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Plans to slow traffic could speed up

Clearwater is expected to okay measures for a neighborhood where residents plead for relief.

By MIKE DONILA, Times Staff Writer
Published August 14, 2007


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Plans to slow down traffic in an east Clearwater neighborhood could come a lot sooner than expected.

The City Council will hold a public hearing tonight about whether to fast-track a number of traffic-calming measures in several neighborhoods.

Officials are also expected to sign off on a $34,000 plan that would provide some temporary relief for residents in the Morningside neighborhood, in the form of six speed tables that would encourage drivers to slow down.

The interim plan comes almost two months after two men were killed when their speeding car smashed into an oak tree along Stewart Boulevard.

Since then, residents in the 688-home Morningside-Meadows neighborhood have pleaded with city leaders to fast-track a long-planned traffic-calming project.

Residents say motorists frequently race through the neighborhood to avoid traffic on U.S. 19 or Belcher Road. And it's only a matter of time, they say, before a child gets hit by an out-of-control car.

"I've always been an enormous proponent of traffic calming because if you can't feel safe in your own neighborhood streets, then that deteriorates the quality of life where you live," Mayor Frank Hibbard said. "You need to be able to feel that your kids and your pets are safe and that peace can be maintained."

If approved as expected, the speed tables, which work much like speed humps but are broader and lower, will probably be installed in the upcoming weeks.

Meantime, the City Council is expected to talk tonight about fast-tracking plans to install permanent traffic-calming devices in the city's Wood Valley neighborhood, as well as Morningside.

If approved, it would take designers about seven months to create a plan for Wood Valley and another six months to construct it. It would take designers about eight months to devise a plan for Morningside and another 10 months to install it.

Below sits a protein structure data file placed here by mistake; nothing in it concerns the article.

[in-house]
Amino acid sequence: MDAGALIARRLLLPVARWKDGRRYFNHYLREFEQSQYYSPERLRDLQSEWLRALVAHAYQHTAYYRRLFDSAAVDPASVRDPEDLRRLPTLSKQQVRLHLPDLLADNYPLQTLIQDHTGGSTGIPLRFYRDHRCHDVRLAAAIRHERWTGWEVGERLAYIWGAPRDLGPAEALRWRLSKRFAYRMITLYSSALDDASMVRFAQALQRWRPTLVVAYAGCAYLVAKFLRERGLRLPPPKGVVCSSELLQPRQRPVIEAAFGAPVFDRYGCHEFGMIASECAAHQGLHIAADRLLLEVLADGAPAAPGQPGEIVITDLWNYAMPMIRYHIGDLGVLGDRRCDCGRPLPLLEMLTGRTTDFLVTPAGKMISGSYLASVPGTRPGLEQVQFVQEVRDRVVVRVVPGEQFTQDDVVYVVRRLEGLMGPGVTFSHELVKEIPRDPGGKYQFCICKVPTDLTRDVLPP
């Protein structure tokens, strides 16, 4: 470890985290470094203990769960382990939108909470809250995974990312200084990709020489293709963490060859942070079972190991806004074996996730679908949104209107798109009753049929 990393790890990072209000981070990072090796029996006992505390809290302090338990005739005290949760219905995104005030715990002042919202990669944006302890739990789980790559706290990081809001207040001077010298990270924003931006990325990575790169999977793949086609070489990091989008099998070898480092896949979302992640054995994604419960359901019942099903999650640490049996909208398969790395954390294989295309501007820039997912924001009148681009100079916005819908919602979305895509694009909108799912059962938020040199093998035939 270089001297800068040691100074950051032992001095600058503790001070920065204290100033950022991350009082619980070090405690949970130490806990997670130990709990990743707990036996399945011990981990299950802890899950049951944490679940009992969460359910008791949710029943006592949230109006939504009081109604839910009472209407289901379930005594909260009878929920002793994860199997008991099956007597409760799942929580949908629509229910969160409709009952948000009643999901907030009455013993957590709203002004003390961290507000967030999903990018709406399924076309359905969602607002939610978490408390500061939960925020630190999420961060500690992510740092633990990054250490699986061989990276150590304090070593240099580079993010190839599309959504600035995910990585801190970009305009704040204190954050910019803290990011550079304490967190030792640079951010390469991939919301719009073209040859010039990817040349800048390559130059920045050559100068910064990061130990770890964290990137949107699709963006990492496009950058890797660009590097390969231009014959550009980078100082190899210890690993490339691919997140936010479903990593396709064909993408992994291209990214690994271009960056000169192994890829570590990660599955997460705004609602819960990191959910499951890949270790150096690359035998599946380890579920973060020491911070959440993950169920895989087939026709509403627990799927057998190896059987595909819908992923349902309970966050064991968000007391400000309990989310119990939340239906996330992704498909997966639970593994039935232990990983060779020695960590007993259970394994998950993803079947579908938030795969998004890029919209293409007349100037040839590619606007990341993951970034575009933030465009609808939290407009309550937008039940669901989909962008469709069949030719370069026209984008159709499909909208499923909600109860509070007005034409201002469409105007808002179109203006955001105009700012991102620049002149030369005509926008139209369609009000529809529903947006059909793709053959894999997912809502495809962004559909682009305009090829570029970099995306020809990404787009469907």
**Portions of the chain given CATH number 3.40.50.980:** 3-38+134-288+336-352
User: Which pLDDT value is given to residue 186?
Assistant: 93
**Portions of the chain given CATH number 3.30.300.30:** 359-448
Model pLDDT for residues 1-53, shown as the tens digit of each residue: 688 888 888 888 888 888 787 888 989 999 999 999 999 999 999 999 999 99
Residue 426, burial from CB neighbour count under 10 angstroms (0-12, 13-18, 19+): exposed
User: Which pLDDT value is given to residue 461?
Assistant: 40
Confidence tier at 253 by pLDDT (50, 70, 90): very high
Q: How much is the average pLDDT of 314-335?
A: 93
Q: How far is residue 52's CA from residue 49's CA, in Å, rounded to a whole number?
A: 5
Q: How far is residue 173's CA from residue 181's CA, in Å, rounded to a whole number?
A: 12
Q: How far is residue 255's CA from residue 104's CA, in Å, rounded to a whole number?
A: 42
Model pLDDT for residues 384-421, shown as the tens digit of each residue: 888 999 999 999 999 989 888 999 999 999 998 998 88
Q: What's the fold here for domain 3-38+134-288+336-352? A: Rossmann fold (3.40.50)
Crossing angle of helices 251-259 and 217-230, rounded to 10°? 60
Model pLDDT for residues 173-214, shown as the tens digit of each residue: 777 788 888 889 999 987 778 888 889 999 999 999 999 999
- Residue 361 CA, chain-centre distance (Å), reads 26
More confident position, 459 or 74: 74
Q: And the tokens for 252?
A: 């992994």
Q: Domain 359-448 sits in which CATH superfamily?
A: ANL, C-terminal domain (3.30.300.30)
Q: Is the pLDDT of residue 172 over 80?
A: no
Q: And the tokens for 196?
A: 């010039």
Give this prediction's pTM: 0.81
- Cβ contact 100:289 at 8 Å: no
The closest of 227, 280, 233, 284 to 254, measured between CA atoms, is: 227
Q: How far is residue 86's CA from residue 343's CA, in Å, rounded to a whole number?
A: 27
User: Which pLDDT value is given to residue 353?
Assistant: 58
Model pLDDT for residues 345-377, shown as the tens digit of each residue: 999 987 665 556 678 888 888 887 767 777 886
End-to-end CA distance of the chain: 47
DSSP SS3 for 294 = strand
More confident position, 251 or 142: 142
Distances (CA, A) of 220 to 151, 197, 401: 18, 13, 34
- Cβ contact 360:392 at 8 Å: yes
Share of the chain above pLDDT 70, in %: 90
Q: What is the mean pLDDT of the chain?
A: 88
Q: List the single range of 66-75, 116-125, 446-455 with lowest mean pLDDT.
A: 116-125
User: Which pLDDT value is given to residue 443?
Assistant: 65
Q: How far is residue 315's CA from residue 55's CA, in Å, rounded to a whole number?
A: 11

Initially, construction wasn't expected to start in Wood Valley until late 2008 and Morningside until early 2009.

"It's long overdue and we're grateful the city listened," said Morningside resident John Quattrocki, 48, who helped champion the neighborhood's efforts to accelerate the programs. "It's a life-safety issue, it truly is. We sit as residents watching cars zip through and it happens all the time. During the week, on Sunday and Saturday mornings, and whenever you least expect it."

In 2000, Clearwater officials targeted eight neighborhoods, based on crash rates, for traffic-calming measures. Residents met with city officials to come up with ideas to slow down motorists and stop cut-through traffic.

The residents then needed 65 percent of the neighborhood to sign off on the plan.

The city set its priorities based on the number of wrecks. Money for the projects comes from a number of sources, such as budget reserves and Penny for Pinellas sales tax.

The city finished the Grandview Terrace project in 2005, which included a roundabout, minicircles and medians. It's wrapping up work in North Greenwood, and another project in the Skycrest neighborhood is set to start in the next few months.

The projects, on average, cost about $2-million. City officials have not discussed accelerating the schedule for traffic-calming in two neighborhoods, Greenlea-Otten and Hillcrest, which are located behind Morningside.

Fast Facts:

Come to City Hall or view on the Web

The Clearwater City Council will have its regular meeting at 6 tonight at City Hall, 112 S Osceola Ave. To view a live Web stream of the meeting, visit www.myclearwater.com/gov/index.asp. From there, click on the links to streaming video.

[Last modified August 13, 2007, 22:10:15]


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